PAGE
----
Text description provided by the architects. Yoglar is a new school for early music and piano education located in a 1950s’ residential area in Burgos (Spain), where our client wanted to create “a home for the music”. Our aim was to design a place both unique and functional, which could foster children's creativity while achieving clear results in their music development from 0 to 12 years. The site, an old garage located in the ground floor of an old housing block, owes its singular shape to 2 projects from the beginning of the 1950s.
The first of them, at the front part of the plot and facing the street, is located under a residential building, where the original garage was placed, according to a project from 1947; it is built by means of an organised structure with load bearing walls parallel to the façade. The second one, at the back, is the result of an extension from 1952, when the old courtyard was almost fully built in and a new mezzanine level was added over it, to use it as a storehouse; in this area, the structure is much more disorganised, and it is built by means of pillars. The project tries to take advantage of this quirky container’s values by keeping the outer shell almost untouched. The floor, the walls and the ceilings are unified by a material and chromatic continuity that leaves almost everything in view and makes the most of the good acoustic qualities of this formless shell. Inside of this concrete-grey and irregular container, the project is divided into 2 different areas: A. The space located under the residential building, with a trapezoidal shape, is the result of the ordered load bearing walls’ structure, and is home to the access hall, the reception desk, the toilets, the manager office and the biggest classroom.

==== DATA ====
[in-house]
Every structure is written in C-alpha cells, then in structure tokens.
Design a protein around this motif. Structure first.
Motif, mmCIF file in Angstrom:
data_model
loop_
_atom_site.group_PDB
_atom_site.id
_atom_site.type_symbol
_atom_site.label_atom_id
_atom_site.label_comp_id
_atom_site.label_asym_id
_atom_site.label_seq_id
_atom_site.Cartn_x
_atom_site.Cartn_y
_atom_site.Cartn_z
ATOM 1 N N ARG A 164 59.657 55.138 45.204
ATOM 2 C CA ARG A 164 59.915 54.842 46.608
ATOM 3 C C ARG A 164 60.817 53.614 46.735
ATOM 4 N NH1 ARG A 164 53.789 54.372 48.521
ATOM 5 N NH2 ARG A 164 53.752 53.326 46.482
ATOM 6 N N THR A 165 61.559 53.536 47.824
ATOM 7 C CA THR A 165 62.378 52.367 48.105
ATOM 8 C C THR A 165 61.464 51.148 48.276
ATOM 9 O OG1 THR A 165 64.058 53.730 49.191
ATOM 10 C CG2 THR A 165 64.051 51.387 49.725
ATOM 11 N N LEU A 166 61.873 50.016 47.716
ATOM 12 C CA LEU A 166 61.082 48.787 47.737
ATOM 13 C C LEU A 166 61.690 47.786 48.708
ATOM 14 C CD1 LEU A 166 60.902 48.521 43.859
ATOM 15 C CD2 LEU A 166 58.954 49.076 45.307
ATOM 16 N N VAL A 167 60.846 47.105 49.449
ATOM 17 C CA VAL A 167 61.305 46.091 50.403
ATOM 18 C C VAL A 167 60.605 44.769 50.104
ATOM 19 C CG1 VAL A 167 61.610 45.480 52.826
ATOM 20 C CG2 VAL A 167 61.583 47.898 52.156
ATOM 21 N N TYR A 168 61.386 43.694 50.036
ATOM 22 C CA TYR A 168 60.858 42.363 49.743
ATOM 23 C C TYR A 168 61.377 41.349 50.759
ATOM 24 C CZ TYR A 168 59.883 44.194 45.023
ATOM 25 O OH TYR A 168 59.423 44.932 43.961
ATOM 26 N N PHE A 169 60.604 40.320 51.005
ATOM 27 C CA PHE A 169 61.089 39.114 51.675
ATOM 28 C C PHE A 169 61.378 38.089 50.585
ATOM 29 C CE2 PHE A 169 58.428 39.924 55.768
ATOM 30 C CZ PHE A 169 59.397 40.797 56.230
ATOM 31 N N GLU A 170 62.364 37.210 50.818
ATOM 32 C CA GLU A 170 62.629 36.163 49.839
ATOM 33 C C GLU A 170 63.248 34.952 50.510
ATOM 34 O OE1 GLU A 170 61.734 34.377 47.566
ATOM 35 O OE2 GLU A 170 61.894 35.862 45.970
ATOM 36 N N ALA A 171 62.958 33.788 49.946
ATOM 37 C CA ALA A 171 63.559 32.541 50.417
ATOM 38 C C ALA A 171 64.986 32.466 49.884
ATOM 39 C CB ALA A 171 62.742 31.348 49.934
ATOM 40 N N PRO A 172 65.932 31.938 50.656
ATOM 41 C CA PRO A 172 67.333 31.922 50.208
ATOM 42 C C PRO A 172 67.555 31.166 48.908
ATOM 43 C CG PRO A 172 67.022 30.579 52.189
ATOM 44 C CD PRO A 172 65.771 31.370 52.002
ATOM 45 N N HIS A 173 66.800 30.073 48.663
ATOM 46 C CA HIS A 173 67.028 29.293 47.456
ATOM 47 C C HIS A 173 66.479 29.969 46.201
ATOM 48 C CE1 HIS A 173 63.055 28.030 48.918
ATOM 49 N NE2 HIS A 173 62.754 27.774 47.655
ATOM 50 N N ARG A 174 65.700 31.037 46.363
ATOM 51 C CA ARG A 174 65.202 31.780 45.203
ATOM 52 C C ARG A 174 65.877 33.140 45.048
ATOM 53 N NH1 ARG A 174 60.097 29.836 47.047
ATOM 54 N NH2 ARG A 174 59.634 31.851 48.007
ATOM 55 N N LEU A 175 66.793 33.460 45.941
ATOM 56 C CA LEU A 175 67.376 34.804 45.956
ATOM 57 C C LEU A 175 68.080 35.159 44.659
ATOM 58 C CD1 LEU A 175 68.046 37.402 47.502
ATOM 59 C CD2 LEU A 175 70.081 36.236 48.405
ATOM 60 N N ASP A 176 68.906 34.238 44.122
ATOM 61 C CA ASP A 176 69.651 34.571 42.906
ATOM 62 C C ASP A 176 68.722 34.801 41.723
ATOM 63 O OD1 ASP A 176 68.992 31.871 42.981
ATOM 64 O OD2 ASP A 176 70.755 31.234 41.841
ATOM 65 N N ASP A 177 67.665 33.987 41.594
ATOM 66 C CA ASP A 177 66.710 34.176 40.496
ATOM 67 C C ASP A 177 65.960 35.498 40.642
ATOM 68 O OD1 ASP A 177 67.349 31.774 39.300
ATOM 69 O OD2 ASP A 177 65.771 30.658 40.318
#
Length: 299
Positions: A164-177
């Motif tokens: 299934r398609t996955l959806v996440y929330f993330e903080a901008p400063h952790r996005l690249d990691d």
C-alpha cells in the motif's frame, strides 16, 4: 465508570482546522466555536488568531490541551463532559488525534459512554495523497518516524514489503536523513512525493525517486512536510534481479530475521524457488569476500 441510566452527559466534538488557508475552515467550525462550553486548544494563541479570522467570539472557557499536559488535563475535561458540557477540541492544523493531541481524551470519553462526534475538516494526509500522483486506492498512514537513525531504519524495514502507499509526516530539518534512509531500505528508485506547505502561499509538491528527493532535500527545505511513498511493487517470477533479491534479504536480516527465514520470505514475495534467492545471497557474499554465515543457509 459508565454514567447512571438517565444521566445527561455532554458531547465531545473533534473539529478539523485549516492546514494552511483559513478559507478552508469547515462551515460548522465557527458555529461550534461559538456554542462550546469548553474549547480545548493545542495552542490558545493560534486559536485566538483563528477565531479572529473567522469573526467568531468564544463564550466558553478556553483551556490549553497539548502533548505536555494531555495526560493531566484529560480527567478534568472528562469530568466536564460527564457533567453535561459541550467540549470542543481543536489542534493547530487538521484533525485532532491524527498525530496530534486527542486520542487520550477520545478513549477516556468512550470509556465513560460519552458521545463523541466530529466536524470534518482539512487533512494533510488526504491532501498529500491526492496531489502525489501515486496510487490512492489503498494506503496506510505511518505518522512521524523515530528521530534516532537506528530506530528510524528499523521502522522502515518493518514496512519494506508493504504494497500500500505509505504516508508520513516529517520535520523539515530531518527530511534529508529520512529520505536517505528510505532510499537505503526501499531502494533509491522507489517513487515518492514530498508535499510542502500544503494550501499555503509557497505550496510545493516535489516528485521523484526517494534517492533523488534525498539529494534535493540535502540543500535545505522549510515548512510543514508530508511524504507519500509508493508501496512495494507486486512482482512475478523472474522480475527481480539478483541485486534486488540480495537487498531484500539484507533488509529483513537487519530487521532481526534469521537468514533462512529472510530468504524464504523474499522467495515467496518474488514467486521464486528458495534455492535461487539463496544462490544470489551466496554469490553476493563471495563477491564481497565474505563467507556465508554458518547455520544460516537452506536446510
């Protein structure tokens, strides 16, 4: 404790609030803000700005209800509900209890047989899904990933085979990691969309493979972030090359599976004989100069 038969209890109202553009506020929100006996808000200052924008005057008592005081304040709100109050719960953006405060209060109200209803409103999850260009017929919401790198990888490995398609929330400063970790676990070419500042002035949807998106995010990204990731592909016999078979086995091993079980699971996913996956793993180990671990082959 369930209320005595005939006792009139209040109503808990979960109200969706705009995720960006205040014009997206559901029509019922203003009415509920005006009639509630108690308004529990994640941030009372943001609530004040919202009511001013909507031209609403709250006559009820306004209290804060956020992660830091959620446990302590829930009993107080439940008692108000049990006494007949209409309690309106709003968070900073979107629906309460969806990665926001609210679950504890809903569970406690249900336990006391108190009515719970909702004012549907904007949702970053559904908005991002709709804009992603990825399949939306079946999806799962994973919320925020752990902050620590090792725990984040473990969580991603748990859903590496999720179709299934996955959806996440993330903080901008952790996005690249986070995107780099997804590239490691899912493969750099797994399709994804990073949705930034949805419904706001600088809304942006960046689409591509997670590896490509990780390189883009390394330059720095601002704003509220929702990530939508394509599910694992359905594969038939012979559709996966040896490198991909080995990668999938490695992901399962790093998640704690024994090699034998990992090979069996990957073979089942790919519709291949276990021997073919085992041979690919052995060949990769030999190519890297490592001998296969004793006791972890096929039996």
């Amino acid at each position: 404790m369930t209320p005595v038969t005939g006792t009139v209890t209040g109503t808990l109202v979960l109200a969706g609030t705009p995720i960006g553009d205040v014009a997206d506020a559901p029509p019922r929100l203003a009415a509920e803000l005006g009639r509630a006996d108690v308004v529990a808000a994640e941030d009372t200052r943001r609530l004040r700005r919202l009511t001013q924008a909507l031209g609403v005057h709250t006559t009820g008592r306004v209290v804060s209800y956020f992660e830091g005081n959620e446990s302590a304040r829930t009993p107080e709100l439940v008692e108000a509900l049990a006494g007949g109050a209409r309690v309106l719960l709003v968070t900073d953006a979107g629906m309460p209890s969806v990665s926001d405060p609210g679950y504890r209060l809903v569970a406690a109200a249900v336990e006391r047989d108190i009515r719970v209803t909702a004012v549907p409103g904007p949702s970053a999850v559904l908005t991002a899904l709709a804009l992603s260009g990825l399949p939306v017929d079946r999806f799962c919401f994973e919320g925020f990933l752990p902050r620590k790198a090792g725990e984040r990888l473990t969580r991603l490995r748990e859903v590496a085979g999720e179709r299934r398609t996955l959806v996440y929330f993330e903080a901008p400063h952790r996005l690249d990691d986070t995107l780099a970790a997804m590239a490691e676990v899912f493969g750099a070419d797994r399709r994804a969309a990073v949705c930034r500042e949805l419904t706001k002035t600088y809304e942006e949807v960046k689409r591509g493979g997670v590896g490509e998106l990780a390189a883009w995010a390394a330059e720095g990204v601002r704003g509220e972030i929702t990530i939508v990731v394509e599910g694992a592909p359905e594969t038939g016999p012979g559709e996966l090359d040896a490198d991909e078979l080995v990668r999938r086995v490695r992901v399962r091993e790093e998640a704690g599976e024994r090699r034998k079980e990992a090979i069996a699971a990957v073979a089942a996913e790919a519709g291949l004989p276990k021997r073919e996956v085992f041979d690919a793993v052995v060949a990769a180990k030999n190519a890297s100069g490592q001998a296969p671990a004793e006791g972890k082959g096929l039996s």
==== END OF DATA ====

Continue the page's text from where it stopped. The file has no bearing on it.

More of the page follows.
B. The ‘forest’, or the area located where the original courtyard of the building was, has an irregular perimeter and an apparently disorganised structure. Here are placed the remaining two classrooms, or ‘houses’, with an irregular geometry. One of them is totally covered with 3cm thick natural cork. The other one, just like an imaginary air volume, is barely shown by its flooring footprint. At the back of this man-made forest, a small patio that can be easily connected with the interior provides the natural light that the school needs. Together with the dominant grey from the outer shell, the project is softened by some elements that provide the necessary cosiness, such as the “fixed furniture”, made of birch wood. All of that has been done in order to generate a child-friendly place, able to encourage kids’ imagination, creativity and early interest in music.